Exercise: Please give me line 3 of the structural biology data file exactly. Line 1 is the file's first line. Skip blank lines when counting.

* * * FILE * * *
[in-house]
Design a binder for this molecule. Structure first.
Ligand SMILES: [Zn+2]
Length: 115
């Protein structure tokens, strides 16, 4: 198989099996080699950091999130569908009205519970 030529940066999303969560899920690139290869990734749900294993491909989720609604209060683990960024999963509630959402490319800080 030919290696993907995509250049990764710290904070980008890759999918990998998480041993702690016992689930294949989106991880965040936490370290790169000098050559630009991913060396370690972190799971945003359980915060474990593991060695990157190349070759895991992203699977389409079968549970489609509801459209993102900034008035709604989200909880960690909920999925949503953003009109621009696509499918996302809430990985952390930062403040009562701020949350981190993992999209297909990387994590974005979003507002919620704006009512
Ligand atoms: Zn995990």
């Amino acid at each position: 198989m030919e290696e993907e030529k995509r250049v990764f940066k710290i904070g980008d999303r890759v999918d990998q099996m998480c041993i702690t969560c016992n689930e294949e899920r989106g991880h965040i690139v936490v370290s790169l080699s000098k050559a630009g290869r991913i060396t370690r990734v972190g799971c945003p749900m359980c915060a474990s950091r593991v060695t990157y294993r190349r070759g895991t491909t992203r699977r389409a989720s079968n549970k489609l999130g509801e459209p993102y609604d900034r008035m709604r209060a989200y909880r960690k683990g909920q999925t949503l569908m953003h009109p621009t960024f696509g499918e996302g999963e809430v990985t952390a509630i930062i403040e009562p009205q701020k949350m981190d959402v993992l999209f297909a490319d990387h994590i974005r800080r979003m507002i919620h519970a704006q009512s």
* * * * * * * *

Ligand SMILES: [Zn+2]